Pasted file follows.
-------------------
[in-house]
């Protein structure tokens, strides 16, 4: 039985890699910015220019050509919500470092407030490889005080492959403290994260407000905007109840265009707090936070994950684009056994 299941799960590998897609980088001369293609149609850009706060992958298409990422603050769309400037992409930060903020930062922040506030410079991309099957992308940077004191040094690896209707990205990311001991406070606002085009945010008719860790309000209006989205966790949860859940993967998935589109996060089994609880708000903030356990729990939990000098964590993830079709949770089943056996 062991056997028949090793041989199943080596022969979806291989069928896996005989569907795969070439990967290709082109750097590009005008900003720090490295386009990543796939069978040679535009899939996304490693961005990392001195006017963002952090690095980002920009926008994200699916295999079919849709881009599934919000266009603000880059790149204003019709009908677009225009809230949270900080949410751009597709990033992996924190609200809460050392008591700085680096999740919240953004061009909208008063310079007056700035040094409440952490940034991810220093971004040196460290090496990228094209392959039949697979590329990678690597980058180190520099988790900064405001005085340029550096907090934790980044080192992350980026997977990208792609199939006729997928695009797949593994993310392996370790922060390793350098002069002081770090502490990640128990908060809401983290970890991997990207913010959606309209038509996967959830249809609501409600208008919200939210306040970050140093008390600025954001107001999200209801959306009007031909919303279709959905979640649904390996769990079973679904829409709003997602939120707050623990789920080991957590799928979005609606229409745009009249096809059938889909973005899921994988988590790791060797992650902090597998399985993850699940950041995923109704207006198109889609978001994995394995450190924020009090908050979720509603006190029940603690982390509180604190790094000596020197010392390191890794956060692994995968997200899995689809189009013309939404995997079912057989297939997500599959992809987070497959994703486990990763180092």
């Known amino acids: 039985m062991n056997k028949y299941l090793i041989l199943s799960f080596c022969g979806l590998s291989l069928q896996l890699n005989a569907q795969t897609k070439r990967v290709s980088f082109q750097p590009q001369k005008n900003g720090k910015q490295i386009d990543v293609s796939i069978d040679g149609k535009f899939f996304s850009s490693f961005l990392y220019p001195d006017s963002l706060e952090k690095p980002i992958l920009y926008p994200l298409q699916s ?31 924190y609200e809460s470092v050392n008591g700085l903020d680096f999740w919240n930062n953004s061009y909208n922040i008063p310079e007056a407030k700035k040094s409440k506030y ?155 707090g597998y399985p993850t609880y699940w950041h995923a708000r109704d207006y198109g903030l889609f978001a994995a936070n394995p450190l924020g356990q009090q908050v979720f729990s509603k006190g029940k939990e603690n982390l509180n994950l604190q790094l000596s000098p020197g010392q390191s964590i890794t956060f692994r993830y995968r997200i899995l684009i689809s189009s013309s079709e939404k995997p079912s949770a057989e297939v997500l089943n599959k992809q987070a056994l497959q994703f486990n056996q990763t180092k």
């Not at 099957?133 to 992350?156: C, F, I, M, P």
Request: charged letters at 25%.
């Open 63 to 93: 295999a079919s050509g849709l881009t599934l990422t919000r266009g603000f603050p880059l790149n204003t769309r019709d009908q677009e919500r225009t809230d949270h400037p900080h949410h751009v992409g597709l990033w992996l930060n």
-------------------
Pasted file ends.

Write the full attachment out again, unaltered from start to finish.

[in-house]
């Protein structure tokens, strides 16, 4: 039985890699910015220019050509919500470092407030490889005080492959403290994260407000905007109840265009707090936070994950684009056994 299941799960590998897609980088001369293609149609850009706060992958298409990422603050769309400037992409930060903020930062922040506030410079991309099957992308940077004191040094690896209707990205990311001991406070606002085009945010008719860790309000209006989205966790949860859940993967998935589109996060089994609880708000903030356990729990939990000098964590993830079709949770089943056996 062991056997028949090793041989199943080596022969979806291989069928896996005989569907795969070439990967290709082109750097590009005008900003720090490295386009990543796939069978040679535009899939996304490693961005990392001195006017963002952090690095980002920009926008994200699916295999079919849709881009599934919000266009603000880059790149204003019709009908677009225009809230949270900080949410751009597709990033992996924190609200809460050392008591700085680096999740919240953004061009909208008063310079007056700035040094409440952490940034991810220093971004040196460290090496990228094209392959039949697979590329990678690597980058180190520099988790900064405001005085340029550096907090934790980044080192992350980026997977990208792609199939006729997928695009797949593994993310392996370790922060390793350098002069002081770090502490990640128990908060809401983290970890991997990207913010959606309209038509996967959830249809609501409600208008919200939210306040970050140093008390600025954001107001999200209801959306009007031909919303279709959905979640649904390996769990079973679904829409709003997602939120707050623990789920080991957590799928979005609606229409745009009249096809059938889909973005899921994988988590790791060797992650902090597998399985993850699940950041995923109704207006198109889609978001994995394995450190924020009090908050979720509603006190029940603690982390509180604190790094000596020197010392390191890794956060692994995968997200899995689809189009013309939404995997079912057989297939997500599959992809987070497959994703486990990763180092």
């Known amino acids: 039985m062991n056997k028949y299941l090793i041989l199943s799960f080596c022969g979806l590998s291989l069928q896996l890699n005989a569907q795969t897609k070439r990967v290709s980088f082109q750097p590009q001369k005008n900003g720090k910015q490295i386009d990543v293609s796939i069978d040679g149609k535009f899939f996304s850009s490693f961005l990392y220019p001195d006017s963002l706060e952090k690095p980002i992958l920009y926008p994200l298409q699916s ?31 924190y609200e809460s470092v050392n008591g700085l903020d680096f999740w919240n930062n953004s061009y909208n922040i008063p310079e007056a407030k700035k040094s409440k506030y ?155 707090g597998y399985p993850t609880y699940w950041h995923a708000r109704d207006y198109g903030l889609f978001a994995a936070n394995p450190l924020g356990q009090q908050v979720f729990s509603k006190g029940k939990e603690n982390l509180n994950l604190q790094l000596s000098p020197g010392q390191s964590i890794t956060f692994r993830y995968r997200i899995l684009i689809s189009s013309s079709e939404k995997p079912s949770a057989e297939v997500l089943n599959k992809q987070a056994l497959q994703f486990n056996q990763t180092k």
């Not at 099957?133 to 992350?156: C, F, I, M, P």
Request: charged letters at 25%.
């Open 63 to 93: 295999a079919s050509g849709l881009t599934l990422t919000r266009g603000f603050p880059l790149n204003t769309r019709d009908q677009e919500r225009t809230d949270h400037p900080h949410h751009v992409g597709l990033w992996l930060n």